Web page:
What usually comes to mind when one thinks of Emily Bronte's Wuthering Heights? Most will visualize tortured lovers against the extraordinary moors. Perhaps one will even recall the scene of one lover, Heathcliff, opening the grave of his Catherine to dig a space where they can be joined eternally. Yet another equally powerful emotion appears throughout the novel as an antithesis to love, that of revenge. Revenge first forms the basis of the actions of Hindley, the Earnshaw son, toward Heathcliff. Later revenge is mirrored in the vengeful actions of Heathcliff after he loses Catherine. In the process of gaining revenge, both characters lose their own humanity and their souls.
Hindley Earnshaw, the son and heir, reacts badly to his father's bringing home a stray gypsy boy from the streets of Liverpool and to demands that Heathcliff be treated like his own brother. Both Catherine, his sister, and Hindley refuse "to have it in bed with them, or even their own room" at night so that Heathcliff has to sleep on the landing outside (Bronte 41). While Catherine learns to love Heathcliff, Hindley spends his days in revenge toward the intruder, especially after Heathcliff becomes Mr. Earnshaw's "favorite" (42). Hindley's beatings of Heathcliff further alienate Mr.
Earnshaw, who is infuriated "when he discovered his son persecuting the poor, fatherless child, as he called him" (42). Hindley regularly beats Heathcliff and threatens to turn Heathcliff out in the cold when Mr. Earnshaw dies (43). When Heathcliff blackmails Hindley into swapping colts for the secret beatings, Hindley shows reasons for his jealousy toward Heathcliff, "Take my colt, gipsy, then, and I pray that he may break your neck, you beggarly interloper! And wheedle my father out of all he has" (43). When Mr. Earnshaw dies and Hindley returns from college to claim his inheritance, he takes his revenge unchecked.
"He drove him from their company to the servants, deprived him of the instructions of the curate, and insisted that he should labour out of door instead, compelling him to do so as hard as any other lad on the farm" (49). He also orders floggings for Heathcliff and deprives him of even speaking to Catherine, whom he loves dearly, after an adventure at the Linton. All these punishments Heathcliff could have stood except when he finally realizes that Hindley has made it impossible for Catherine to marry him. He overhears Catherine explain to Nelly, "If the wicked man in there had not brought Heathcliff so low, I wouldn't have thought of it [marriage to Edgar Lindley]. It would degrade me to marry Heathcliff now" (82).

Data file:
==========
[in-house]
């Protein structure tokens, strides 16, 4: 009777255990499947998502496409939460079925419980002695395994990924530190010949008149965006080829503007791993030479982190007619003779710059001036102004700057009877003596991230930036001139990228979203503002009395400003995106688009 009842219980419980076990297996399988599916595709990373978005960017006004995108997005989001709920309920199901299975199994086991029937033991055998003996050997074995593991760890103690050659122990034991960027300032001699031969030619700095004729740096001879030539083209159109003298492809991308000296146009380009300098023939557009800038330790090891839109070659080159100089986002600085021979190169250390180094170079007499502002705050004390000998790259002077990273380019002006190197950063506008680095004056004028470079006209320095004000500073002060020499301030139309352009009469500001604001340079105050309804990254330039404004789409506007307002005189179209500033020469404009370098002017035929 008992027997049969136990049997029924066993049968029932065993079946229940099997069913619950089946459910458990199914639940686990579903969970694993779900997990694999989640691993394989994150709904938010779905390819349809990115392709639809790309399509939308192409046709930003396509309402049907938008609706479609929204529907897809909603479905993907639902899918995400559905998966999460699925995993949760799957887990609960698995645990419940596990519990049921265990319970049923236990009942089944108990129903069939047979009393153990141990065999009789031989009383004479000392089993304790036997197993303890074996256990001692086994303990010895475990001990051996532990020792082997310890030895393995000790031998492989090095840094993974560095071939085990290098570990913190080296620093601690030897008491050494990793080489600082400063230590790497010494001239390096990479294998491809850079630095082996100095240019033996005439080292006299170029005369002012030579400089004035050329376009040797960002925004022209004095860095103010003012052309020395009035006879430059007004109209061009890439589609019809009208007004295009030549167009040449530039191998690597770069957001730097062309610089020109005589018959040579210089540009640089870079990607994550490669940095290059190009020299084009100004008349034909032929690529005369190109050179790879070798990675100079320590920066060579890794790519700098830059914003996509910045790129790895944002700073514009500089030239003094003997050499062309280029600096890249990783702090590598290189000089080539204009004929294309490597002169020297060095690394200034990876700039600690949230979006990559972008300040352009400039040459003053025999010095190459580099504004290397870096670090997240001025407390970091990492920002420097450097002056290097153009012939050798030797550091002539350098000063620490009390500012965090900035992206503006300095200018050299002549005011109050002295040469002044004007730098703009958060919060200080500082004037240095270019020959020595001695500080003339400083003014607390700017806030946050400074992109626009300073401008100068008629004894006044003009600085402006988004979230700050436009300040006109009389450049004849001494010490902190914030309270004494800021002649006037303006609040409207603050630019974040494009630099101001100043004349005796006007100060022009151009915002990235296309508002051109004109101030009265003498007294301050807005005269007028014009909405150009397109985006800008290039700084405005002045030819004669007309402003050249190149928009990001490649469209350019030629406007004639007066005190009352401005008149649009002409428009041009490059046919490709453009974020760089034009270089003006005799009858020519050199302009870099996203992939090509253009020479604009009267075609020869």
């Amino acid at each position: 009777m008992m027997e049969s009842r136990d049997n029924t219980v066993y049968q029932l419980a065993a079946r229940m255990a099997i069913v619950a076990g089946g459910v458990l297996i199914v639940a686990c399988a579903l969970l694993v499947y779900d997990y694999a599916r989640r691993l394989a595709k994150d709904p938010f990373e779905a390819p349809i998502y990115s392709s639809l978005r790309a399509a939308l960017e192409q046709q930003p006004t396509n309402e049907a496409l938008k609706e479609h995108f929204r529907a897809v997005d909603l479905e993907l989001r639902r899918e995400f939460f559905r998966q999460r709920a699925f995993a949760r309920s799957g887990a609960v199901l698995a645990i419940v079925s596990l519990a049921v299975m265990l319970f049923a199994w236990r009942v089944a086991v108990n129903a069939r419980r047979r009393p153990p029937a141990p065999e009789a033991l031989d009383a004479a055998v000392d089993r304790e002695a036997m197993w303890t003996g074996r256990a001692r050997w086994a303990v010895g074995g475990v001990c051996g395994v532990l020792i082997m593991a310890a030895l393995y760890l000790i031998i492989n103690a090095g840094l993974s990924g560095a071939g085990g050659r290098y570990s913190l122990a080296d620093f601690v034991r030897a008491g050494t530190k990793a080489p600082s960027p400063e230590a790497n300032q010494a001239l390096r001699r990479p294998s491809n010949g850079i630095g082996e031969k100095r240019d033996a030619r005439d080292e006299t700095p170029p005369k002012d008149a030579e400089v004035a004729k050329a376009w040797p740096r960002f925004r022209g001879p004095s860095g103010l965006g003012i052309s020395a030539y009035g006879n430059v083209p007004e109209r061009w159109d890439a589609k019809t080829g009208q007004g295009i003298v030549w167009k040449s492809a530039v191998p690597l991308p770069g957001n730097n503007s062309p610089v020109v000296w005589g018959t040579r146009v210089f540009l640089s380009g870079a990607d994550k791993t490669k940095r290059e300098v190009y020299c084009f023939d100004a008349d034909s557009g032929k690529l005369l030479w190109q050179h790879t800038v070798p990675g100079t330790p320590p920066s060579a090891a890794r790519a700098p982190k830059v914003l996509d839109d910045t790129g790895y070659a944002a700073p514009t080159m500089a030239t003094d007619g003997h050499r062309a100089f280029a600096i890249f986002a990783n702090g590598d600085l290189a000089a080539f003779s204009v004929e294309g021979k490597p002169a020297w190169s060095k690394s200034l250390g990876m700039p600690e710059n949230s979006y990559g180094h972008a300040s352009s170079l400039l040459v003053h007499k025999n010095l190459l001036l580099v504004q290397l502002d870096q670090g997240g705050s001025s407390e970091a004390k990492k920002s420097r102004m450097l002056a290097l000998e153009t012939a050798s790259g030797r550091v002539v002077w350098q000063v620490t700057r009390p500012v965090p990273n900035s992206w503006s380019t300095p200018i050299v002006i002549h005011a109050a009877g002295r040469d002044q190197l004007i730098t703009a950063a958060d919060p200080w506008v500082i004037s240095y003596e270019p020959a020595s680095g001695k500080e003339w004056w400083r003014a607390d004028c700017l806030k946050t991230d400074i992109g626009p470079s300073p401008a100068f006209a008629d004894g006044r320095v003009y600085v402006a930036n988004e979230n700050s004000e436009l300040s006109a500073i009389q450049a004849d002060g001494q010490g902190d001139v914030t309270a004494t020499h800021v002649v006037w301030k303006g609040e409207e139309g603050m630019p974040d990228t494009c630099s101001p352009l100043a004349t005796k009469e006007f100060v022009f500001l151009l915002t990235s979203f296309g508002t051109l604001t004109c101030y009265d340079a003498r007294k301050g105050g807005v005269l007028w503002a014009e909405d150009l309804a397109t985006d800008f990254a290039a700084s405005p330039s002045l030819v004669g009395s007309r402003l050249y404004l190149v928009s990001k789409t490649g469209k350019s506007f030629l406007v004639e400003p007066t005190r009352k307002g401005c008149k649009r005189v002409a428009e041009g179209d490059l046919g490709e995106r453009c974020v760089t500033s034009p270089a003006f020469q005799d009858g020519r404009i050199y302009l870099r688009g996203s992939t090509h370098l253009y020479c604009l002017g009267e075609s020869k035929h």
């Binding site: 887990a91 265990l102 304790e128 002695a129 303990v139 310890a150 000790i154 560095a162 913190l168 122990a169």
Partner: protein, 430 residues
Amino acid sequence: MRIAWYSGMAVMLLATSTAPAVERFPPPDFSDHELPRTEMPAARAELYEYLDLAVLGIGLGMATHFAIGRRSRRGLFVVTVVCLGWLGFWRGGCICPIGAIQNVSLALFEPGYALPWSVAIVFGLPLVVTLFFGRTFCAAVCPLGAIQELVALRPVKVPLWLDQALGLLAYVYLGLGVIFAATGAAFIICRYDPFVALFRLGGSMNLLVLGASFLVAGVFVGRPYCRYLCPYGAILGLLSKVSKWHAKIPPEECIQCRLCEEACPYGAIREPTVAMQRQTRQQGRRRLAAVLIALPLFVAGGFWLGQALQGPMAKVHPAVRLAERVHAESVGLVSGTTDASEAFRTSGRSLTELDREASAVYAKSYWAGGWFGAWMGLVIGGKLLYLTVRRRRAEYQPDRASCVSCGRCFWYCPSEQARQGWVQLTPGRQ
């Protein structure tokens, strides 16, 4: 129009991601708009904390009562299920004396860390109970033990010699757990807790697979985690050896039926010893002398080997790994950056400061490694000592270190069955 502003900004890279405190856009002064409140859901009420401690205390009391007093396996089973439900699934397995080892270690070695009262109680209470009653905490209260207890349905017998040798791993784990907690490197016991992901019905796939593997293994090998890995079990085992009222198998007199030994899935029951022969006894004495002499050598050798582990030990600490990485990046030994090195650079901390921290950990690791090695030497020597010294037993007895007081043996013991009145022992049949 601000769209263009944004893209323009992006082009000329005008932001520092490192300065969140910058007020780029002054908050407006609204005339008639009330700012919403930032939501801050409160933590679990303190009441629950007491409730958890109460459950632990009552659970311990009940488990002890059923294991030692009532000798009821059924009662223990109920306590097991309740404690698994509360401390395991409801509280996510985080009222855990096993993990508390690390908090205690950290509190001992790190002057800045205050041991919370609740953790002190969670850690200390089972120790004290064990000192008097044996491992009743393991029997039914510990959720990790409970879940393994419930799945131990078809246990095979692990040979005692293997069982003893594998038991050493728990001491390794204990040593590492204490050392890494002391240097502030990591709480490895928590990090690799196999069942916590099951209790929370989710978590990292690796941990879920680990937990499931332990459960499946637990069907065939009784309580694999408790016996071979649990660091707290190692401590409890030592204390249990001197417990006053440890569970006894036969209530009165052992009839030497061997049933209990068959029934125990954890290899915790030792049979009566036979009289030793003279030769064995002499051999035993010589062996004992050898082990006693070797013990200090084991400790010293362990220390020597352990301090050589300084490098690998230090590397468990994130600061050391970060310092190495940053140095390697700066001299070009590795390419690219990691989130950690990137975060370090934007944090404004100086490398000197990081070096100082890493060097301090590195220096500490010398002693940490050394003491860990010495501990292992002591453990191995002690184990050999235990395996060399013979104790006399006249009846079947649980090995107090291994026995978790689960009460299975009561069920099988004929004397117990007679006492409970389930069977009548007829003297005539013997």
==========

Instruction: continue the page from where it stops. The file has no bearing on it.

Heathcliff now has been pushed to take revenge on Hindley and on all those standing in his way of gaining Catherine as a wife. Norman Sherry in Emily and Charlotte Bronte describes Heathcliff's revenge as being "not only an extension of the inhospitable treatment he received as a child in both houses, it is a revenge on the degradation in social terms which he suffered, and on the taking of Cathy from him" (121). The character Heathcliff has a high complexity to his revenge. After he comes back after his disappearance, he begins his road of vengeance. When he arrives, Heathcliff goes to visit Catherine at Thrushcross Grange, which makes Edgar jealous.
Edgar shows his disdain of Heathcliff saying, "He never struck me as such a marvelous treasure" (Bronte 95). Heathcliff has changed to a great degree. He is no longer the boy he once was; he has developed into a "tall, athletic, well-formed man," who is the envy of Edgar Linton (96). Over time, upon his return, Heathcliff begins to act more and more mysteriously. Nelly observes this change and declares that she is "determined to watch his movements" (107). Nelly has the right idea in watching Heathcliff.